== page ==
Stella strolls slowly around the circle, touching a foot here, reading a dial there, tugging at her own ear, cocking her head, until we know surely that this movie intends to skewer the medical profession just as "Network" riddled television.
On the slim chance that you haven't learned that hospitals are dangerous to your health, "Critical Care" will make you a believer. This clever satire sends heat-seeking missiles at doctors, hospitals, and the health insurance industry without an ounce of deference to the medical gods of the past.
Director Sidney Lumet engages the audience immediately by following Stella (Helen Mirren) as she makes the rounds of the comatose patients under her watch. These nearly dead people, who are hooked up to artificial life, lie as still as stones. In this caricature of the politics of terminal illness, it is their awkward, naked feet that rivet attention. Where are the blankets!
Stella strolls slowly around the circle, touching a foot here, reading a dial there, tugging at her own ear, cocking her head, until we know surely that this movie intends to skewer the medical profession just as "Network" riddled television. Stella's weary acceptance of the ethical mess that hangs in the dead silence of unasked questions announces the movie's punch: Why are we keeping these people alive? At a cost of $110,000 per week to the patient, how long will the hospital keep the well-insured alive to guarantee that income? Will the uninsured be denied beds?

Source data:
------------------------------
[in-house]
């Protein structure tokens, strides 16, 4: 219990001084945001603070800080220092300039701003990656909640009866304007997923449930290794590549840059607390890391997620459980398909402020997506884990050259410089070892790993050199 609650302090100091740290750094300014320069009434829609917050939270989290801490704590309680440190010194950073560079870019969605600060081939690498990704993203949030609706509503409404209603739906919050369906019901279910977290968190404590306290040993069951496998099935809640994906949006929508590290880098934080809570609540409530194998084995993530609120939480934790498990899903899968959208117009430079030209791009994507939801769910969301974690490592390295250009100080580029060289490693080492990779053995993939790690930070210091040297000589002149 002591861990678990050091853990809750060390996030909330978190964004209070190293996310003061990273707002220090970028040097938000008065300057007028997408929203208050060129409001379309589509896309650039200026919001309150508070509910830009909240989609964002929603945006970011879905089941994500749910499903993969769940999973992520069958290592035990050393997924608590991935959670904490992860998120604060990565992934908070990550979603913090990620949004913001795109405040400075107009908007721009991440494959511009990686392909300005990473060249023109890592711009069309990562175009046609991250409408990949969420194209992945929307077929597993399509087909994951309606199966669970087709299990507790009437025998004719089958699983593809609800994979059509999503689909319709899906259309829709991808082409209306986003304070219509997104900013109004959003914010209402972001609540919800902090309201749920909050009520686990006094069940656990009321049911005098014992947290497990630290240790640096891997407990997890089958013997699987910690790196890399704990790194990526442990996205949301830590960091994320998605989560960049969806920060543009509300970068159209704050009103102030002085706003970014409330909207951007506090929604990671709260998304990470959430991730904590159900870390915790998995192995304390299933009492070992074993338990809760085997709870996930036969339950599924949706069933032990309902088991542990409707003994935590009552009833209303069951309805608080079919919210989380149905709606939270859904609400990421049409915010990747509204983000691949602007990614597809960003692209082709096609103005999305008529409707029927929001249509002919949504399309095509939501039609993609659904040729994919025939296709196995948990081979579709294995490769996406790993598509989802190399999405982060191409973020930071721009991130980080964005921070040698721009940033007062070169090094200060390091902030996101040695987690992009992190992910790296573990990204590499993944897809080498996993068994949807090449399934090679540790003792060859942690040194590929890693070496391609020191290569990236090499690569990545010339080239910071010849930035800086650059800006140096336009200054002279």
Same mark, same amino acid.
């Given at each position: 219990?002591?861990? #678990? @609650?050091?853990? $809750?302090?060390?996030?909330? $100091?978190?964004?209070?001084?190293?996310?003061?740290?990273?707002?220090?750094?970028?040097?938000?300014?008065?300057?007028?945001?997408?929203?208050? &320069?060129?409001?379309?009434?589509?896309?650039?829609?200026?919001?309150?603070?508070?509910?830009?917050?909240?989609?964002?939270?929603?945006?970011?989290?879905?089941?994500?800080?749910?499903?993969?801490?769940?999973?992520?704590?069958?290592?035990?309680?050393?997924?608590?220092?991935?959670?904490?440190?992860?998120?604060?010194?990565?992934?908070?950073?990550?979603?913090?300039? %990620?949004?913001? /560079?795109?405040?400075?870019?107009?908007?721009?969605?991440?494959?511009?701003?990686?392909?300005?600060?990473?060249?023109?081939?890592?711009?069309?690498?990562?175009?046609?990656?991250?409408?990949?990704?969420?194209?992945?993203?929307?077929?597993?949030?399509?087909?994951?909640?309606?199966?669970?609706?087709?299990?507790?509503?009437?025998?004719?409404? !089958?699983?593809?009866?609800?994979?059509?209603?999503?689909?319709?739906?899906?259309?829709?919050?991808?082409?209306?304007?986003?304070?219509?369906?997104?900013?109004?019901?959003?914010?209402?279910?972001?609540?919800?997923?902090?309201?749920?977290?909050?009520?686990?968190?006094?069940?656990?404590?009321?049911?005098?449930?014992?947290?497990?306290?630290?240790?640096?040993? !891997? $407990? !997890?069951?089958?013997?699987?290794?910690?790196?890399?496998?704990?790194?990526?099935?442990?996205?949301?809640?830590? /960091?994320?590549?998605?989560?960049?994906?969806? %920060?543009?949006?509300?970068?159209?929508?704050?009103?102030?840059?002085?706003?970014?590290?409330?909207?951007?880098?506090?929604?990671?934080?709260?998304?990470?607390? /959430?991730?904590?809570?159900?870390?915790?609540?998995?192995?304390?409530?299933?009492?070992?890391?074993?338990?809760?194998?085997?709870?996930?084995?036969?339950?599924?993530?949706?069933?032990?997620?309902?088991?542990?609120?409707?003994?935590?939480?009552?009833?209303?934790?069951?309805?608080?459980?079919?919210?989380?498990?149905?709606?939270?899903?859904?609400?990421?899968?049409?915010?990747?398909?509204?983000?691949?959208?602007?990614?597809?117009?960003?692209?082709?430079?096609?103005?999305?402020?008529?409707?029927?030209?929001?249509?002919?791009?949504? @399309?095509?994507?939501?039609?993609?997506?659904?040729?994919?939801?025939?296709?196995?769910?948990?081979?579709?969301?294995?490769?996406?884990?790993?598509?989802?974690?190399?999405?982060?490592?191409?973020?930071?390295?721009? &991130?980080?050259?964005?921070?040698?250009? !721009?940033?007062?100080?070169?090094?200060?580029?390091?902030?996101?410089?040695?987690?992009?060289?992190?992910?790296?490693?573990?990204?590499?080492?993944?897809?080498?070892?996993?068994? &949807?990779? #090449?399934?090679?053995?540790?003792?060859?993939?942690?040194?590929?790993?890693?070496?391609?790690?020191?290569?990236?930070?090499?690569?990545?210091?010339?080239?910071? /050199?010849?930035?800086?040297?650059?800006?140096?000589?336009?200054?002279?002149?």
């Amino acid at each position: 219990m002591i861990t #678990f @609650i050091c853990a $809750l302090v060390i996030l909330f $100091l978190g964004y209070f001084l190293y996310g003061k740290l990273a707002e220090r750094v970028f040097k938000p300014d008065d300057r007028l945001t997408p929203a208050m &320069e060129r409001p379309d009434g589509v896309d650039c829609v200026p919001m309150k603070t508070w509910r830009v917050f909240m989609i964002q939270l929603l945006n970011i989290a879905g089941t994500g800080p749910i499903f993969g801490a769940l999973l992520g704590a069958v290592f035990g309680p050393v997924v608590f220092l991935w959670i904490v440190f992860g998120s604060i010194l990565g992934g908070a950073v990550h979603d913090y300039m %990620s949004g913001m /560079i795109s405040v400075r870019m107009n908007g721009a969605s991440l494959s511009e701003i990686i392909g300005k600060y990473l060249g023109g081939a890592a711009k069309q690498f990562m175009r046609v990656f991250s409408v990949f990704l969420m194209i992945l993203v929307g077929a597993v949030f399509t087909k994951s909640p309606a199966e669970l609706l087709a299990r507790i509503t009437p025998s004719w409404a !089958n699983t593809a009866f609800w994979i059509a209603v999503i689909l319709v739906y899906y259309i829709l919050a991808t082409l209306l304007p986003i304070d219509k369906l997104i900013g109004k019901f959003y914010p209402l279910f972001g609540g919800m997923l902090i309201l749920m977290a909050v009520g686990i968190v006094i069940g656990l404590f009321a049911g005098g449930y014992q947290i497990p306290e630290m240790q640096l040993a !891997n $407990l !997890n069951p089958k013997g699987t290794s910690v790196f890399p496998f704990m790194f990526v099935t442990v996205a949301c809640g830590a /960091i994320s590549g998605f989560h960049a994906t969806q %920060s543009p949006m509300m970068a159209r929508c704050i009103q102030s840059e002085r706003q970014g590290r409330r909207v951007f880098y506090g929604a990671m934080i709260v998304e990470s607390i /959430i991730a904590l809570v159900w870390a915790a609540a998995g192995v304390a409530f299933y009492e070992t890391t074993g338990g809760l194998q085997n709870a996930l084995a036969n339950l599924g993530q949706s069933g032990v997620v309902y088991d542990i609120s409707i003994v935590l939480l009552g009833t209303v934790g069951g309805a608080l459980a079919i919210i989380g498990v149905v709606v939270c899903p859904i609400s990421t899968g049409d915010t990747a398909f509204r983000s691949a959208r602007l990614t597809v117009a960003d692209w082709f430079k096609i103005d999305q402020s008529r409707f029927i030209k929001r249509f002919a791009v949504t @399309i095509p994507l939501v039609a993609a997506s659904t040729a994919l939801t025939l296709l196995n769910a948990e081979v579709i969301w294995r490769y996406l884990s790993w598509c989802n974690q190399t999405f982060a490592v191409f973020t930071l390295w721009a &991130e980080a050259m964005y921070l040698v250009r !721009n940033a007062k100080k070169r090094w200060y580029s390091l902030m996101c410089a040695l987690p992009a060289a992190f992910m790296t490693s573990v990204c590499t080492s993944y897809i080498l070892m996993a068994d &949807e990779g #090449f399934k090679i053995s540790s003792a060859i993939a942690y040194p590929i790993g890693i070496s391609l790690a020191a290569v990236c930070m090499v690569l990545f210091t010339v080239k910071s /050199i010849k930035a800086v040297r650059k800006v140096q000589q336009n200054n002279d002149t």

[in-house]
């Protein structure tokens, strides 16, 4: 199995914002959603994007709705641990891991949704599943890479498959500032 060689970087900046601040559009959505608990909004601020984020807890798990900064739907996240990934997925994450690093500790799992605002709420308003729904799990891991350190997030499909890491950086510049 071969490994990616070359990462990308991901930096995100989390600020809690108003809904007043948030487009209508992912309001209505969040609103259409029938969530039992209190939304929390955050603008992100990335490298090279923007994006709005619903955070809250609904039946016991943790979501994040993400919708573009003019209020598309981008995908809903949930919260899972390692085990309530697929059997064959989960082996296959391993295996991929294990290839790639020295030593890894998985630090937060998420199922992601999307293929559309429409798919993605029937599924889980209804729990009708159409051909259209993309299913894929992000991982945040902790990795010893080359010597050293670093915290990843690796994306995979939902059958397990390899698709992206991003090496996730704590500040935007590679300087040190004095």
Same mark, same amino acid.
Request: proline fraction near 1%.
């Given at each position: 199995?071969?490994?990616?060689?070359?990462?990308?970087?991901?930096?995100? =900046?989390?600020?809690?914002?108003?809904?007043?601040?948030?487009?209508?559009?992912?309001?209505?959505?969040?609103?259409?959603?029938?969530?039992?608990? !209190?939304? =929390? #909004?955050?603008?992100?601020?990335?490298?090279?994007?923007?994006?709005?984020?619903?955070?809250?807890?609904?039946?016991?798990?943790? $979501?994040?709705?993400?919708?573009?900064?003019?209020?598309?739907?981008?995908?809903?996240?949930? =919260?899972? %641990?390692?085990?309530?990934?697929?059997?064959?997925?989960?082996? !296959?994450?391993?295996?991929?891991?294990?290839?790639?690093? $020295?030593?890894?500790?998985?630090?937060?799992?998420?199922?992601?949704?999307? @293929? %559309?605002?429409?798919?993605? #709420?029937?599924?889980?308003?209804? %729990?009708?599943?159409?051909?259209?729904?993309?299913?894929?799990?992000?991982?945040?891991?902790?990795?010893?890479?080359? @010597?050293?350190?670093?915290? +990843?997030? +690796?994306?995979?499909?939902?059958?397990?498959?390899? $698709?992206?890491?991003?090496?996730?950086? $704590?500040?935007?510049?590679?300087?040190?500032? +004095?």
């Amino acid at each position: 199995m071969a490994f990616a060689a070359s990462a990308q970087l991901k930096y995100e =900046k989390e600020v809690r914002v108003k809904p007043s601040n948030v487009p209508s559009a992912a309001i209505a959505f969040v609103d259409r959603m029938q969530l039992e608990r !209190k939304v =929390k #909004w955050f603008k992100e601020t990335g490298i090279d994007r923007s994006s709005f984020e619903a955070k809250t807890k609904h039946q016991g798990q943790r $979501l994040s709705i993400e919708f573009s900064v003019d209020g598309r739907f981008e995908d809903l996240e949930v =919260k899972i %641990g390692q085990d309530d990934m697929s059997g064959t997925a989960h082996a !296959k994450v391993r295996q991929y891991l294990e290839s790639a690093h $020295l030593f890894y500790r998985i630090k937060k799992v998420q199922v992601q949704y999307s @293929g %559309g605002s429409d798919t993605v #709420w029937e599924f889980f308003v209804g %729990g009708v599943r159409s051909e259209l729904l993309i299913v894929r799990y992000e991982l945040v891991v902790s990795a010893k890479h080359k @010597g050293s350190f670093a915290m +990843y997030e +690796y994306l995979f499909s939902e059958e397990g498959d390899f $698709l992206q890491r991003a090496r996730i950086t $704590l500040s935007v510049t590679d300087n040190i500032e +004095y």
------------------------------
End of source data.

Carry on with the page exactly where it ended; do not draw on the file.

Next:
The metaphor for all these questions lies in Bed #5, where the ghouls and greedy gather to pursue their own agendas. Of the patient's two daughters, one is determined that her father live as long as a machine can breathe life into him; the other, Felicia, is a blonde Barbie doll who wants to pull the plug on his suffering. Then there's the matter of Mr. Potter's $10 million.
Slumped in exhaustion at the nurses' station, rumpled resident Dr. Werner Ernst (James Spader) shoots the breeze with Stella until his lascivious eye is caught by the Barbie doll as she arrives to check on dad in Bed #5. Poor Werner, who becomes the film's moral question mark, steps into a bramble patch of greed, callous disregard, and ego.
The movie uses drunken Dr. Butz (Albert Brooks) to attack the greed of the insurance industry. Then it hits genetic manipulation with Dr. Hofstader (Phillip Bosco), who is consumed by bioengineering body parts in his lab of miracles. Finally, the movie takes aim at hypocrisy through a despotic lawyer (Edward Hermann) whose arrogance springs from the new paradigm: medicine has been swallowed up by law.
These medicine men know today's truth: "There is no longer any condition that is truly terminal, just patients we choose not to maintain." Sidney Lumet uses black humor to scream that the politics of these choices have caused the collapse of the American healthcare system. In a culture where beds have become more valuable than people, the terminally ill are attended by families, doctors, lawyers, and insurance men whose main concern is money. Not a tear is left over, it seems, for those poor patients with all those cold feet.
Film Critic : JOAN ELLIS
Word Count : 493
Studio : Live Entertainment
Rating : R
Running Time: 1h47m
Copyright (c) Illusion
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